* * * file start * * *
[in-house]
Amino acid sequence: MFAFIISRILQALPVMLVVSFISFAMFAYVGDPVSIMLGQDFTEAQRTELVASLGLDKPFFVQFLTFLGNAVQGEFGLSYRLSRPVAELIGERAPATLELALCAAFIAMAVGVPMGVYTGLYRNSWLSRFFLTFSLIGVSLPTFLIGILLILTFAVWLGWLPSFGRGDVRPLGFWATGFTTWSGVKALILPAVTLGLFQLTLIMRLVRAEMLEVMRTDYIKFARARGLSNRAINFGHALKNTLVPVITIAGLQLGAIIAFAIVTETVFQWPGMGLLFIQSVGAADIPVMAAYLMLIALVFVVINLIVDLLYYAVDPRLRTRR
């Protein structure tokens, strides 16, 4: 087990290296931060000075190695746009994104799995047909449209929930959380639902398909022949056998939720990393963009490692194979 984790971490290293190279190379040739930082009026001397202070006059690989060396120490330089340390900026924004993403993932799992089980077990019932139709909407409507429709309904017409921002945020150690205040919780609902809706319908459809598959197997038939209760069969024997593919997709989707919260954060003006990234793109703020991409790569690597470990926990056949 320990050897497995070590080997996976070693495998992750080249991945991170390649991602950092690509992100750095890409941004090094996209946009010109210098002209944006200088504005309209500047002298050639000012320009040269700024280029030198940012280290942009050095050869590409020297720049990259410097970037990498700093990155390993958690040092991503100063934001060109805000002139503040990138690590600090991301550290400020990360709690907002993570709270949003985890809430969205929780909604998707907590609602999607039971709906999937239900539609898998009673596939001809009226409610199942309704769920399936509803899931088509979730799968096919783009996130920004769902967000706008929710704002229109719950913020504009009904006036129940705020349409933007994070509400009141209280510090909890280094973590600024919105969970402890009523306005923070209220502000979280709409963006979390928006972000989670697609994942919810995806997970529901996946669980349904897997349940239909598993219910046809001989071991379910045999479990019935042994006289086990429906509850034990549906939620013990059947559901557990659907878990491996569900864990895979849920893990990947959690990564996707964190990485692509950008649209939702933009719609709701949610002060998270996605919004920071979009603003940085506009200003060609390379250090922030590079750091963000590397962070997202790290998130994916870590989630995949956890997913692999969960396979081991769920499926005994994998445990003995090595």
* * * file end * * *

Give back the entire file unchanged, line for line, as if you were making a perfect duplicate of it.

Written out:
[in-house]
Amino acid sequence: MFAFIISRILQALPVMLVVSFISFAMFAYVGDPVSIMLGQDFTEAQRTELVASLGLDKPFFVQFLTFLGNAVQGEFGLSYRLSRPVAELIGERAPATLELALCAAFIAMAVGVPMGVYTGLYRNSWLSRFFLTFSLIGVSLPTFLIGILLILTFAVWLGWLPSFGRGDVRPLGFWATGFTTWSGVKALILPAVTLGLFQLTLIMRLVRAEMLEVMRTDYIKFARARGLSNRAINFGHALKNTLVPVITIAGLQLGAIIAFAIVTETVFQWPGMGLLFIQSVGAADIPVMAAYLMLIALVFVVINLIVDLLYYAVDPRLRTRR
């Protein structure tokens, strides 16, 4: 087990290296931060000075190695746009994104799995047909449209929930959380639902398909022949056998939720990393963009490692194979 984790971490290293190279190379040739930082009026001397202070006059690989060396120490330089340390900026924004993403993932799992089980077990019932139709909407409507429709309904017409921002945020150690205040919780609902809706319908459809598959197997038939209760069969024997593919997709989707919260954060003006990234793109703020991409790569690597470990926990056949 320990050897497995070590080997996976070693495998992750080249991945991170390649991602950092690509992100750095890409941004090094996209946009010109210098002209944006200088504005309209500047002298050639000012320009040269700024280029030198940012280290942009050095050869590409020297720049990259410097970037990498700093990155390993958690040092991503100063934001060109805000002139503040990138690590600090991301550290400020990360709690907002993570709270949003985890809430969205929780909604998707907590609602999607039971709906999937239900539609898998009673596939001809009226409610199942309704769920399936509803899931088509979730799968096919783009996130920004769902967000706008929710704002229109719950913020504009009904006036129940705020349409933007994070509400009141209280510090909890280094973590600024919105969970402890009523306005923070209220502000979280709409963006979390928006972000989670697609994942919810995806997970529901996946669980349904897997349940239909598993219910046809001989071991379910045999479990019935042994006289086990429906509850034990549906939620013990059947559901557990659907878990491996569900864990895979849920893990990947959690990564996707964190990485692509950008649209939702933009719609709701949610002060998270996605919004920071979009603003940085506009200003060609390379250090922030590079750091963000590397962070997202790290998130994916870590989630995949956890997913692999969960396979081991769920499926005994994998445990003995090595």